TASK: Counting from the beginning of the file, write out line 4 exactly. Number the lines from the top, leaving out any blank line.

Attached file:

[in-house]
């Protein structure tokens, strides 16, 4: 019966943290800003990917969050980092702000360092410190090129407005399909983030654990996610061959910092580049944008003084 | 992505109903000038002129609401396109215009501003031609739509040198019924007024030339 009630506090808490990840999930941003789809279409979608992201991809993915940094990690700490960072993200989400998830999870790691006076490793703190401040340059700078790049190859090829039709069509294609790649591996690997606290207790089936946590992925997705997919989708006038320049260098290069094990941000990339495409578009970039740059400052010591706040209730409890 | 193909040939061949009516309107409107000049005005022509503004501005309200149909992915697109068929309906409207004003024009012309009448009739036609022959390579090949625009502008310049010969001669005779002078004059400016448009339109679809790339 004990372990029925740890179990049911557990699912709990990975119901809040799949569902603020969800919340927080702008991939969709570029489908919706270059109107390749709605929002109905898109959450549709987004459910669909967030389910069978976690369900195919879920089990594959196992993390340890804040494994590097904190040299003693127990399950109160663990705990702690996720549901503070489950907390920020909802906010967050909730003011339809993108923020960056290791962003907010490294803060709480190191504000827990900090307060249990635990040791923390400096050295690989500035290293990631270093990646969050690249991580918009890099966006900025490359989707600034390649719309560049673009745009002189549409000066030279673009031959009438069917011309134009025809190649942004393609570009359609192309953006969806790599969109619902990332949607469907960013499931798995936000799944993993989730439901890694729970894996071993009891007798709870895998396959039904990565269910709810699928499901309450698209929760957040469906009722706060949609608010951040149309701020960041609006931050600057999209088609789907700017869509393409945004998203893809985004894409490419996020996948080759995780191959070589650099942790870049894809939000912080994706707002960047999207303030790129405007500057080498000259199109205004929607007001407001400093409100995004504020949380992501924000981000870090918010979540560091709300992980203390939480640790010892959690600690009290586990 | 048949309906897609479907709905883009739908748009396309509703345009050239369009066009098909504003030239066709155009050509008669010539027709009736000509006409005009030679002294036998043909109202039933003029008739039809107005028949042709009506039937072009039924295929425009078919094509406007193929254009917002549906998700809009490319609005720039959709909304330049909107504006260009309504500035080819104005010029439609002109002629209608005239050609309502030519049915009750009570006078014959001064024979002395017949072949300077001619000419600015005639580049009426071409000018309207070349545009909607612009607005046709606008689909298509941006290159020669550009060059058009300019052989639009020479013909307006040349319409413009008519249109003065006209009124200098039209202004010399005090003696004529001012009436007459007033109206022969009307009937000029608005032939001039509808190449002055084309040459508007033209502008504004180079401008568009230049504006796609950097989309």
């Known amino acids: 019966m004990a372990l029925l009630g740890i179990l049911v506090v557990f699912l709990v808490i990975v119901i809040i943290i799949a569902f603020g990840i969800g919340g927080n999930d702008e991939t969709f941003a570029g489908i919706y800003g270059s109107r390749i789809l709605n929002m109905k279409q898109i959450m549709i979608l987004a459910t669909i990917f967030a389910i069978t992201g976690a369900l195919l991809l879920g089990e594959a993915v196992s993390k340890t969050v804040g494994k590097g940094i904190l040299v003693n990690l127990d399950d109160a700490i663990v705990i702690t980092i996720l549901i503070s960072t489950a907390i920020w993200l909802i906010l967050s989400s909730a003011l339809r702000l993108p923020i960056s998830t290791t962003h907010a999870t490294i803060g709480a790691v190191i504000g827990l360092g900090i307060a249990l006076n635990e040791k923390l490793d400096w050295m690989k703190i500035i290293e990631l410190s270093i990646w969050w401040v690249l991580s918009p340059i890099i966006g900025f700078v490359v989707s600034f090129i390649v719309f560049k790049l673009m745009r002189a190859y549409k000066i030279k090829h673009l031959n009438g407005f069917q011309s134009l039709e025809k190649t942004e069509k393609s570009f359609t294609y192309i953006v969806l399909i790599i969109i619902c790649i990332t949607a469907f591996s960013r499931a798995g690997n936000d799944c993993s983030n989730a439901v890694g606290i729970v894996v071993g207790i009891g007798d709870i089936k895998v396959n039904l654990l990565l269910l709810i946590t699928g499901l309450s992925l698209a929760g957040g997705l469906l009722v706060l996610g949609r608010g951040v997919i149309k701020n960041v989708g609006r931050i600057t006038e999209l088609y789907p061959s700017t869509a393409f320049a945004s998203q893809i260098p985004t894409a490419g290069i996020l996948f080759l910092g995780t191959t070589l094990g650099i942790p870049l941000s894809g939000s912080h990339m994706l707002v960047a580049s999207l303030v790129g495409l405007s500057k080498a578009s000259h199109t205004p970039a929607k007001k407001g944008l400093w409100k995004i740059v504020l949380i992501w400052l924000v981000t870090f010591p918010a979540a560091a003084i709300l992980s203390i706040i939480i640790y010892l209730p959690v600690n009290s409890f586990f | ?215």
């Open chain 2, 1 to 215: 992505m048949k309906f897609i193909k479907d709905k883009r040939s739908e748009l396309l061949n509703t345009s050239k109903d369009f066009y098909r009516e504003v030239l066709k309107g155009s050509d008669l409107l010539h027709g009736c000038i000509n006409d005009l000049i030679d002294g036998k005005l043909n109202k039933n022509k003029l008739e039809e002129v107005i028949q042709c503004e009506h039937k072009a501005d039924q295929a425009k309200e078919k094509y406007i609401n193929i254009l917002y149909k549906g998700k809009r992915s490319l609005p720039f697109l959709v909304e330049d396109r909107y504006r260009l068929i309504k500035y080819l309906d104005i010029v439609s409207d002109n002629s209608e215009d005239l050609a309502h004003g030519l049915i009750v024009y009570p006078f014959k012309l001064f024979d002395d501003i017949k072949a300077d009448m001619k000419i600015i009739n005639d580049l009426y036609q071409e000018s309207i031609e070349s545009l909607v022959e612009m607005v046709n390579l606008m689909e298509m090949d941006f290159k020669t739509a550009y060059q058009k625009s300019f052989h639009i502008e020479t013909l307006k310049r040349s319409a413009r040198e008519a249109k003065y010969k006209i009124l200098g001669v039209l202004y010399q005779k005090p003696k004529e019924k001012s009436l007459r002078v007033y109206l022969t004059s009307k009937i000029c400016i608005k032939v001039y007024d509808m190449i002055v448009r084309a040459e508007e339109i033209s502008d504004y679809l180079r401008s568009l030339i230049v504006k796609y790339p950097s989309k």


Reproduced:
């Open chain 2, 1 to 215: 992505m048949k309906f897609i193909k479907d709905k883009r040939s739908e748009l396309l061949n509703t345009s050239k109903d369009f066009y098909r009516e504003v030239l066709k309107g155009s050509d008669l409107l010539h027709g009736c000038i000509n006409d005009l000049i030679d002294g036998k005005l043909n109202k039933n022509k003029l008739e039809e002129v107005i028949q042709c503004e009506h039937k072009a501005d039924q295929a425009k309200e078919k094509y406007i609401n193929i254009l917002y149909k549906g998700k809009r992915s490319l609005p720039f697109l959709v909304e330049d396109r909107y504006r260009l068929i309504k500035y080819l309906d104005i010029v439609s409207d002109n002629s209608e215009d005239l050609a309502h004003g030519l049915i009750v024009y009570p006078f014959k012309l001064f024979d002395d501003i017949k072949a300077d009448m001619k000419i600015i009739n005639d580049l009426y036609q071409e000018s309207i031609e070349s545009l909607v022959e612009m607005v046709n390579l606008m689909e298509m090949d941006f290159k020669t739509a550009y060059q058009k625009s300019f052989h639009i502008e020479t013909l307006k310049r040349s319409a413009r040198e008519a249109k003065y010969k006209i009124l200098g001669v039209l202004y010399q005779k005090p003696k004529e019924k001012s009436l007459r002078v007033y109206l022969t004059s009307k009937i000029c400016i608005k032939v001039y007024d509808m190449i002055v448009r084309a040459e508007e339109i033209s502008d504004y679809l180079r401008s568009l030339i230049v504006k796609y790339p950097s989309k």